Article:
Surviving one of the toughest re-election fights of his career, RepresentativeÂ Charles B. RangelÂ fended off four challengers on Tuesday to win the Democratic nomination for a 22nd term in Congress.
â€œIâ€™m just glad that my community has faith and confidence in me,â€ Mr. Rangel told reporters shortly before declaring victory at Sylviaâ€™s, the famed Harlem restaurant.
Mr. Rangelâ€™s victory capped a gripping campaign for a Congressional seat that for decades has been at the center of black political power â€” and preserved a career in Washington that had been threatened by ethics troubles and changing demographics.
Mr. Rangel was censured in 2010 after the House Ethics Committee found him guilty of 11 counts of ethical violations, including failure to pay taxes, improper solicitation of donations and failure to report his personal income accurately.
And because of the decennial redistricting process, Mr. Rangel, who turned 82 this month and had been slowed by back problems, was forced to run in a district that had been extended from Harlem into the Bronx, giving its population a Hispanic majority.
But Mr. Rangel, who was first elected to Congress in 1970, waged a campaign focused on his legislative seniority. And he stressed the backing of many elected officials, suggesting that New Yorkâ€™s political establishment was not ready to usher him from office.
At Sylviaâ€™s, a sign described the congressman as â€œThe Lion of Lenox Avenue.â€ Assemblyman Keith L. T. Wright, a co-chairman of the state Democratic Party, predicted that Mr. Rangel would serve indefinitely in Congress, saying, â€œCharlie Rangel might be the Strom Thurmond of Harlem.â€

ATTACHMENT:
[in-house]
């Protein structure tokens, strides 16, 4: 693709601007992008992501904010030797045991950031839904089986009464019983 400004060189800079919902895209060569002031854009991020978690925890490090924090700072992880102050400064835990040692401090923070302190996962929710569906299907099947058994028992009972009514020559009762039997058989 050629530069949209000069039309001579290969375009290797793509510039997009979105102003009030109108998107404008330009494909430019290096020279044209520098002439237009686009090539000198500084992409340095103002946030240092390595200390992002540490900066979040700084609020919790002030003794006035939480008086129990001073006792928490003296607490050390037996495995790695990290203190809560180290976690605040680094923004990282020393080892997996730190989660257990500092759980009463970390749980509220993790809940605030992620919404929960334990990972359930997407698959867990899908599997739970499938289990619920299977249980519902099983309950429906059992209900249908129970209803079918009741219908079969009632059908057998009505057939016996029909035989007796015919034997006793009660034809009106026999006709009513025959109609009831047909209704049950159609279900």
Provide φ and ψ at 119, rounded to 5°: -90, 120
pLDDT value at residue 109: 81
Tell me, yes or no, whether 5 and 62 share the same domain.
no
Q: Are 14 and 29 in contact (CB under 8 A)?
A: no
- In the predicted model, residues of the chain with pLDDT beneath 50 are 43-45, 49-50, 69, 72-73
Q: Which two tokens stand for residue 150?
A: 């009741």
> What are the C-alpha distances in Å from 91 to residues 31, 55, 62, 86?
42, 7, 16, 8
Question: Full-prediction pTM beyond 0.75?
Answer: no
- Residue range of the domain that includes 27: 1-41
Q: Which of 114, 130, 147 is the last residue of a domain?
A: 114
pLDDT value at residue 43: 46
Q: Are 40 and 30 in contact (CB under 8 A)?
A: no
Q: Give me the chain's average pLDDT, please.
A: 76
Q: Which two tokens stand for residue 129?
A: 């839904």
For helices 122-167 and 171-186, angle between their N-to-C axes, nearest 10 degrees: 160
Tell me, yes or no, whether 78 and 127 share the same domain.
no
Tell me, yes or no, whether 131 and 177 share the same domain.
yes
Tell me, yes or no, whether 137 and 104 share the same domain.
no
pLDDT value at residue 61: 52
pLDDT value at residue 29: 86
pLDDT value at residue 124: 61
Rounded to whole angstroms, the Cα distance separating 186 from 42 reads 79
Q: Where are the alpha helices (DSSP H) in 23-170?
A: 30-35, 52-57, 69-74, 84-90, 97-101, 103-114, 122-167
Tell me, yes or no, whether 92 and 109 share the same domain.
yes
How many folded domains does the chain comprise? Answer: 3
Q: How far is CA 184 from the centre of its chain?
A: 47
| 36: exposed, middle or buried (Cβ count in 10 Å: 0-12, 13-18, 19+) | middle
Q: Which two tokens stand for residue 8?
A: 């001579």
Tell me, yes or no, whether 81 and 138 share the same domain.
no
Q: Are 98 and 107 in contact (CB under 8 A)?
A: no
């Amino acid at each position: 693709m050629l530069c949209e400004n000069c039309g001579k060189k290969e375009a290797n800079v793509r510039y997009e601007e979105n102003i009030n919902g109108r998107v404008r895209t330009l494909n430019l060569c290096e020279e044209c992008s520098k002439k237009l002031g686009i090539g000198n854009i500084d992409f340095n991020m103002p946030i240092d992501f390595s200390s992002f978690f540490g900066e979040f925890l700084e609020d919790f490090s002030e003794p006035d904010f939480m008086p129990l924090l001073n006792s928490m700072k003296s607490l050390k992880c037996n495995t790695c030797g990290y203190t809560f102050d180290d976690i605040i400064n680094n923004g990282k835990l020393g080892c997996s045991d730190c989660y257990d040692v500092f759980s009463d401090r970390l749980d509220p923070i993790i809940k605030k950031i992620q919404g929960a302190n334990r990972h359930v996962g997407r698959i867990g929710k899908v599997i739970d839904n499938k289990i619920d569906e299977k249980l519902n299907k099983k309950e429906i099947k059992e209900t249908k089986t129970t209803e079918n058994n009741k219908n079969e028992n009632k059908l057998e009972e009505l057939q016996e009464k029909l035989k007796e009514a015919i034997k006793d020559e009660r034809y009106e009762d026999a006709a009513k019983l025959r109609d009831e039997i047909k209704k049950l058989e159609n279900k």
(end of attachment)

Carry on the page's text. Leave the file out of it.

â€œNo one has been through the fire more so than our congressperson,â€ Mr. Wright said, â€œand we in the district have sent him back because we have faith in him, and that he has our interests in mind, and quite frankly heâ€™s one of us.â€
Mr. Rangel took the stage looking emotional, and sounded a note of damaged pride and fierce determination. He said of his critics, â€œIf they didnâ€™t think after 42 years that I was the best qualified, I promise them that in the next two years theyâ€™ll have no question about the fact that we elected the best.â€
Yvonne Carr, 61, of West Harlem, was among Mr. Rangelâ€™s supporters. â€œSometimes other people throw their hat into the ring, and they havenâ€™t really been out here in this community for a long time,â€ Ms. Carr said Tuesday morning. â€œI know he is elderly, but heâ€™s been here.â€